After you’ve been to bed together for the first time,
without the advantage or disadvantage of any prior acquaintance,
the other party very often says to you,
Tell me about yourself, I want to know all about you,
what’s your story? And you think maybe they really and truly do
sincerely want to know your life story, and so you light up
a cigarette and begin to tell it to them, the two of you
lying together in completely relaxed positions
like a pair of rag dolls a bored child dropped on a bed.
You tell them your story, or as much of your story
as time or a fair degree of prudence allows, and they say,
Oh, oh, oh, oh, oh,
each time a little more faintly, until the oh
is just an audible breath, and then of course
there’s some interruption. Slow room service comes up
with a bowl of melting ice cubes, or one of you rises to pee
and gaze at himself with mild astonishment in the bathroom mirror.
And then, the first thing you know, before you’ve had time
to pick up where you left off with your enthralling life story,
they’re telling you their life story, exactly as they’d intended to all
and you’re saying, Oh, oh, oh, oh, oh,
each time a little more faintly, the vowel at last becoming
no more than an audible sigh,
as the elevator, halfway down the corridor and a turn to the left,
draws one last, long, deep breath of exhaustion
and stops breathing forever. Then?
Well, one of you falls asleep”
and the other one does likewise with a lighted cigarette in his mouth,
and that’s how people burn to death in hotel rooms.
for the video to “three minutes for a detuned diorama”, i asked people to create a portrait of a person who passed away, a person they knew, someone who was dear to their heart.
the process of receiving material mostly from strangers via email as well as my own process of filming people (mostly friends, but some of my participants i had just met) was at times almost overwhelming, in every case very touching, and resulted in wonderful hours of exchanging of stories, cups of coffee, bottles of wine, and moments of drifting off into the very dark places of the souls of humans who have lost someone.
i am very grateful that i had the opportunity to work with all of my participants, who came from all over the world (ana, angel, alex, denise, elvira, evelyna, franziska, jasmina, jean, julia, simone, sophia, tamara, and veronika.). thank you. it has been wonderful.
to pencils and paper, to clay and all our hands.
i rarely reblog my own things, but i am happy with this video and grateful for how wonderful the process of making it was. thank you again to all my participants.
Epictetus, his morals, with Simplicius, his comment, 1704.
Houghton Library, Harvard University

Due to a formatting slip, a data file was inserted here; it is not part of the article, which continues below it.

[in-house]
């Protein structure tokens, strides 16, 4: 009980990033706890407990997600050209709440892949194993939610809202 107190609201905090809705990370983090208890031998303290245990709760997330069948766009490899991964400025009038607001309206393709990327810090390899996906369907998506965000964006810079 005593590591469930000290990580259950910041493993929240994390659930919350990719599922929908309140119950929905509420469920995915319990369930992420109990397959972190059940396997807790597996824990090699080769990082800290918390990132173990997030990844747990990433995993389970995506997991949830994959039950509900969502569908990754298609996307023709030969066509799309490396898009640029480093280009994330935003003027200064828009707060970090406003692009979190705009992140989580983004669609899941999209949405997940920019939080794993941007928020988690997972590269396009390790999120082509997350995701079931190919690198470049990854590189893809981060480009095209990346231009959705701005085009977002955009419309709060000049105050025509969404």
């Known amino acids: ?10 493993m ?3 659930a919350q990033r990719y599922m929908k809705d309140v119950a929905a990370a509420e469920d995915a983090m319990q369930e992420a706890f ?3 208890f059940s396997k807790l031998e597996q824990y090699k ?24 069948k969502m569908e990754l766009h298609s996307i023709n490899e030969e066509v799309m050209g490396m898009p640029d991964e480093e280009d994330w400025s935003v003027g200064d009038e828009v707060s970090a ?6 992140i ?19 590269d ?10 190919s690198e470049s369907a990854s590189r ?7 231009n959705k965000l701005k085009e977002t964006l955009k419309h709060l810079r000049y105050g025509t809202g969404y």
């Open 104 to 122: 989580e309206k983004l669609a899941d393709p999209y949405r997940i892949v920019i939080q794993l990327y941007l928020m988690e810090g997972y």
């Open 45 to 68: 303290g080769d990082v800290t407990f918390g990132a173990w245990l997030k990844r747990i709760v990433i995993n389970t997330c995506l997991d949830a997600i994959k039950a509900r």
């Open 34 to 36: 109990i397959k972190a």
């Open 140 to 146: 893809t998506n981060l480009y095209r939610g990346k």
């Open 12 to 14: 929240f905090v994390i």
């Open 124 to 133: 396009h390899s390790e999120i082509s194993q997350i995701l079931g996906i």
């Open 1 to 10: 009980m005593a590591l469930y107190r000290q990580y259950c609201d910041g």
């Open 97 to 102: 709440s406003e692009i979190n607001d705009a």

A double fore-edge painting, with the scene of Heliopolis visible when the book is fanned open in one direction, and the Bridge of the Euripus in the other.
one of the first photographs taken of the moon, by John Dillwyn Llewelyn, 1854
Valencian Fisherwomen - Joaquin Sorolla y Bastida
saw a lot of paintings of the sea by Sorolla today.
I like swimming.
four stills from A Story of Yonosuke (Yokomichi Yonosuke), 2013
This is not a tasty gummy sweet but a Jewel Caterpillar found in Amazon Rainforest. They are covered with sticky goo-like, gellatinous tubercles that provides protection from its predator like ants until they metamorphosise into winged moths.
Edgar Oliver - Apron Strings of Savannah at The Moth, 2006
this is probably still my favorite The Moth performance ever.
Heather Cassils, Becoming An Image
"Becoming An Image is a new body of work consisting of a live performance, photographs, a sculpture and an audio piece. The performance is designed for the camera, specifically the act of being photographed. Taking place in a blacked out room, the only elements in the space are the audience, a photographer, the performer and a block of clay weighing 1500 pounds (around the same height and width of a body). In the darkness, I use my skills as a boxer/ MMA fighter to unleashing an assault where I literally beat the material, moulding the form. A “sculpting” process results on account of my blows. For the duration of this performance I am blind, as is the audience, as is the photographer. The only light source emitted comes from the flash mounted on the photographer’s camera. This burst of temporary light allows the audience to glimpse at suspended moments of the performance, much like a “live” photograph, burning this image into their retina, which leave ghost like traces. The act of photographing is the only way in which the performance is made visible.
Originally commissioned by the ONE Archives (the oldest active Lesbian, Gay, Bisexual, Transgender, Queer, Questioning (LGBTQ) organization in the United States.) Becoming an Image addressed LGBTQ archives and the “Ts” and “Qs” often missing from historical records, which exist outside of the lens. BAI brings forth the idea of accountability by directly address the role between artist and photographer. Additionally it calls into question the roles of the witness, the aggressor and documenter by building these challenges into the very act of the performance itself.”
Photography: Eric Charles and Heather Cassils
Sound Design and Composer: France Jobin
this is so good.
i had the pleasure to visit the ONE archives on a trip to Los Angeles. it is a magic place of such importance.